Introduction; Part I. The Intelligence War, August 1969 to July 1972: 1. British political, military and intelligence strategy towards the IRA, August 1969 to July 1972; 2. The Intelligence War part I, August 1969 to July 1972; 3. The IRA's ceasefire, 26 June to 9 July 1972; Part II. On the Verge of Defeat?: the Intelligence War Part II, July 1972 to December 1975: 4. British political, military and intelligence strategy towards the IRA, July 1972 to December 1975; 5. The Intelligence War part II: July 1972 to December 1975; 6. 'Everything is compromisable after the British Declaration of Intent': the IRA returns to ceasefire, December 1974 and December 1975; Part III. The Struggle to Contain the IRA, January 1976 to April 1998: 7. British political, military and intelligence strategy towards the IRA, 1976 to 1998; 8. The Intelligence War part III: Belfast and Derry city, January 1976 to August 1994; 9. The Intelligence War part III: the IRA in rural areas, England and the IRA leadership, January 1976 to August 1994; 10. 'It's the primacy of politics that's important': alternative reasons for the IRA's ceasefires in August 1994 and July 1997; Conclusion; Appendix 1. IRA 'intended target' killings by year in various geographical areas where the IRA operated, 1969 to 1994; Appendix 2. Seats won by Sinn Fein and the SDLP in district council elections between 1985 and 1997; Appendix 3. Other alleged agents and informers killed by the IRA.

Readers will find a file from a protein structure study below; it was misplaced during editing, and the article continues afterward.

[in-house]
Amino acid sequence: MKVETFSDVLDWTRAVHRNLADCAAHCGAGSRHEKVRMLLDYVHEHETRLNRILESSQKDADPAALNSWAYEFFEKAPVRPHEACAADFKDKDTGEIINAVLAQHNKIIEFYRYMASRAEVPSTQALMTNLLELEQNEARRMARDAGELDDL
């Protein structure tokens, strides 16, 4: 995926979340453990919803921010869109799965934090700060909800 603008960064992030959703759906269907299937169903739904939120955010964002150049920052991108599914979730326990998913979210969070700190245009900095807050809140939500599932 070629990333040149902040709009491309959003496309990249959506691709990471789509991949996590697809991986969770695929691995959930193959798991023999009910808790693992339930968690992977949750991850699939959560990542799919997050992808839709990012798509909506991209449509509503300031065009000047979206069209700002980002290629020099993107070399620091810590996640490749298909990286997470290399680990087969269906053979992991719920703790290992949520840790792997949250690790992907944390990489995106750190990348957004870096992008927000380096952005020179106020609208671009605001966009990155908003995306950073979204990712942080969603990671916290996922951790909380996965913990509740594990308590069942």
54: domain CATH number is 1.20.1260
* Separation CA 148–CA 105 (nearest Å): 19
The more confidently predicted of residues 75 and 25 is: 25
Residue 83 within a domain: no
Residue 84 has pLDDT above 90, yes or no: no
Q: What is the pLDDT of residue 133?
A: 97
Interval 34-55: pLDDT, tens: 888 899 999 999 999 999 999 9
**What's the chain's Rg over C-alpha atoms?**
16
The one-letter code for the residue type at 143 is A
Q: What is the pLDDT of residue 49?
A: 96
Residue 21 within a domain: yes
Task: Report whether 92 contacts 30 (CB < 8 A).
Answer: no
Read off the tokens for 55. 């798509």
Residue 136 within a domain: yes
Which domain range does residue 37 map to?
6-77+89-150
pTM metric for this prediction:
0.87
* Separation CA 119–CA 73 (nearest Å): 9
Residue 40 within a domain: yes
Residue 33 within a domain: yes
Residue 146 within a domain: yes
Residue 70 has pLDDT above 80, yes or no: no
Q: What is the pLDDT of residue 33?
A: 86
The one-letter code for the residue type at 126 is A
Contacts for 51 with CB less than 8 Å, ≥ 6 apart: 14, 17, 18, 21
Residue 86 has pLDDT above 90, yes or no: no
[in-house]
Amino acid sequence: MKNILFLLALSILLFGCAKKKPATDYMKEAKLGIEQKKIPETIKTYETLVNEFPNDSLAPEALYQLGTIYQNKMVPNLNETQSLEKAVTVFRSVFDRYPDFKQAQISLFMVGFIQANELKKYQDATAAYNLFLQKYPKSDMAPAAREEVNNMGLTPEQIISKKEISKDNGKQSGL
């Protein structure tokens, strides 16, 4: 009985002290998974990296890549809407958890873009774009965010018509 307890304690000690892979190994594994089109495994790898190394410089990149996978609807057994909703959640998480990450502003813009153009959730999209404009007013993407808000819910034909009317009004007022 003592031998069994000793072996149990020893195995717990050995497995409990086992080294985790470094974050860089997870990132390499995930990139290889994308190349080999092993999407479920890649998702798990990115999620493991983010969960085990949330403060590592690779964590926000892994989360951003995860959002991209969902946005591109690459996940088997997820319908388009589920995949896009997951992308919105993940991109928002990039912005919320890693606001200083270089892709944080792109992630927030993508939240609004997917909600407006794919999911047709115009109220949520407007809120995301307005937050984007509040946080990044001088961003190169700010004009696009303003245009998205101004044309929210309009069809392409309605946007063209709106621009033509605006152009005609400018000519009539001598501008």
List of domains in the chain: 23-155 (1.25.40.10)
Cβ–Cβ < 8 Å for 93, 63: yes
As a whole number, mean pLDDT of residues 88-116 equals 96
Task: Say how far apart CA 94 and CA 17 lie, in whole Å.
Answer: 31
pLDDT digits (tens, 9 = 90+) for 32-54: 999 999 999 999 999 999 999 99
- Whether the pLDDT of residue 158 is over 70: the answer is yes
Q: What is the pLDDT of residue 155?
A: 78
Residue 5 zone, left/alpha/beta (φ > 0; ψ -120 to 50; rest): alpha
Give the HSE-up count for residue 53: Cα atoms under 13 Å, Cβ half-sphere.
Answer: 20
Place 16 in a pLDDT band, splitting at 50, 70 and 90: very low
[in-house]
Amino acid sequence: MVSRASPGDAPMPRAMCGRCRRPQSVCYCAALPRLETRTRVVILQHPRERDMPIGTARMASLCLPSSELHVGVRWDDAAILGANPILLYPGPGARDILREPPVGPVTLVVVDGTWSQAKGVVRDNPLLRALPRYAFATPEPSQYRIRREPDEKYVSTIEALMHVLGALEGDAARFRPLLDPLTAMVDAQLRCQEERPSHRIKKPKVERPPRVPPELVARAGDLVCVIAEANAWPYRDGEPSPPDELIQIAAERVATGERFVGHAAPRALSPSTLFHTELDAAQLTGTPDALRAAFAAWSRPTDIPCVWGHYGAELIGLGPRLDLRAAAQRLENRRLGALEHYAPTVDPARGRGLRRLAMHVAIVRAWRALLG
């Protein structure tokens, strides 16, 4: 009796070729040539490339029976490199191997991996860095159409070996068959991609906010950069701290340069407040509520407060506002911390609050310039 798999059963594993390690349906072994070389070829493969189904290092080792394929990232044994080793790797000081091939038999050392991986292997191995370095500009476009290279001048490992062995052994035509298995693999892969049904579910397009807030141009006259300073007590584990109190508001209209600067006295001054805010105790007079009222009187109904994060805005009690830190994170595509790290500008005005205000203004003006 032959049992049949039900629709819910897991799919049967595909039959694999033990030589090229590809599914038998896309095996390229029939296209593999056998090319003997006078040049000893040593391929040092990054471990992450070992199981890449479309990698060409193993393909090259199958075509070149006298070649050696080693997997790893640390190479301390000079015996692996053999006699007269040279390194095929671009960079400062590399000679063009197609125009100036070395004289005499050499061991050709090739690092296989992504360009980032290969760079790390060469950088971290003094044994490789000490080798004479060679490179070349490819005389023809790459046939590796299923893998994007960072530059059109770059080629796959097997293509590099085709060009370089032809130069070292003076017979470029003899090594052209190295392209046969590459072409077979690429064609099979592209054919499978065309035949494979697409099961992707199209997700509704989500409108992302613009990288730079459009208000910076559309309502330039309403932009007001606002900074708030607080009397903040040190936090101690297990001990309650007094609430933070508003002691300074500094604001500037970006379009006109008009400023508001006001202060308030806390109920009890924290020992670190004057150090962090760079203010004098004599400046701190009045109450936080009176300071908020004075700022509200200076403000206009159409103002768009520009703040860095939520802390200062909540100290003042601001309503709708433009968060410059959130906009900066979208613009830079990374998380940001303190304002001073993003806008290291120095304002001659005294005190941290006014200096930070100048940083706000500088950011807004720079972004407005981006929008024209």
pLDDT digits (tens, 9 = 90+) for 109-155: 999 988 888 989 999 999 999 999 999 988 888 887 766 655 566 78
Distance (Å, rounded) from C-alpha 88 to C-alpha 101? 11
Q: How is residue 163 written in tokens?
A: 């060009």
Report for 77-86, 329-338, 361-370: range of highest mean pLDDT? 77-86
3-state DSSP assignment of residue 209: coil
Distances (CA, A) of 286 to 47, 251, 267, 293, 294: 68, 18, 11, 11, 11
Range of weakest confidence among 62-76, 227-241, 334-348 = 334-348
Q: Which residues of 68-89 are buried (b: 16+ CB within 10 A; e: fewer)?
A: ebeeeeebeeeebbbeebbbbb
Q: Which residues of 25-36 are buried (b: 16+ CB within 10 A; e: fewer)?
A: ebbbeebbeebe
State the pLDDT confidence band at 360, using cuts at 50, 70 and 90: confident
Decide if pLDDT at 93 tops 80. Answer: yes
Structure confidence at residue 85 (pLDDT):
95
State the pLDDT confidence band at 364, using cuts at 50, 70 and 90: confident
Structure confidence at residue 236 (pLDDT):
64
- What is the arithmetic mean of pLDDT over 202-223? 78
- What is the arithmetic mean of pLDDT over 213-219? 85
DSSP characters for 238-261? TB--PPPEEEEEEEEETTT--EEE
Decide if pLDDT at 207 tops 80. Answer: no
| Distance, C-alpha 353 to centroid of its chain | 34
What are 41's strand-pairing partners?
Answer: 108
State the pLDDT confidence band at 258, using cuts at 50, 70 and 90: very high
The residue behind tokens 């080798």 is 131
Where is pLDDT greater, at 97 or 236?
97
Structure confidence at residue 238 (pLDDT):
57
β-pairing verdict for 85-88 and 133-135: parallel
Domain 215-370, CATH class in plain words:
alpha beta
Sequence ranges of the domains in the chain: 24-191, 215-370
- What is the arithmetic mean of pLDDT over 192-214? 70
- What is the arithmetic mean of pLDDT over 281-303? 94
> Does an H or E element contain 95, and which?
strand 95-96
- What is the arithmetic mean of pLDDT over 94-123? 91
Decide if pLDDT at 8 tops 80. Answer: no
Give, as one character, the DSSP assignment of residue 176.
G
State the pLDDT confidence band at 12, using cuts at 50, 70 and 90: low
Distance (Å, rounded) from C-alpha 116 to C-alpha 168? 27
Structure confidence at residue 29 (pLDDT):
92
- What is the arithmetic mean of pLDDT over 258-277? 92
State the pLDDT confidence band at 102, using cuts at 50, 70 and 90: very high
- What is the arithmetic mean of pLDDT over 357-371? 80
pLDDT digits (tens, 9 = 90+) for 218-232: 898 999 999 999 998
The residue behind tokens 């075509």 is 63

Thomas Leahy investigates whether informers, Special Forces and other British intelligence operations forced the IRA into peace in the 1990s.
Thomas Leahy is a Lecturer in British and Irish politics and contemporary history in the Politics and International Relations department at Cardiff University.
'An important and difficult subject, explored with skill and in
very impressive, well-researched detail.' Richard English, author
of Armed Struggle: The History of the IRA
'Informers and agents are central to insurgencies. They can be devastatingly effective, yet inflict terrible suffering. Meticulously dissecting the intelligence war in different regions, Leahy's analysis of how informers and agents affected the strategic interaction between republicanism and the British state is a major contribution to scholarship on the Northern Ireland conflict.' Huw Bennett, author of Fighting the Mau Mau: The British Army and Counter-Insurgency in the Kenya Emergency
'Thomas Leahy's study of the Intelligence War in Northern Ireland draws on rich new evidence from the archives to provide a well-paced, thought-provoking and richly-textured account of the impact of British Intelligence measures during the conflict. The author makes a compelling case for analysing both military and political intelligence together and offers a fresh new perspective on why it took so long to bring an end to the violence through a negotiated peace settlement.' Niall O Dochartaigh, author of From Civil Rights to Armalites: Derry and the Birth of the Irish Troubles
'... sheds new light on how British intelligence used agents, informers, special-forces and surveillance in the city during the recent conflict.' Kevin Mullan, Derry Journal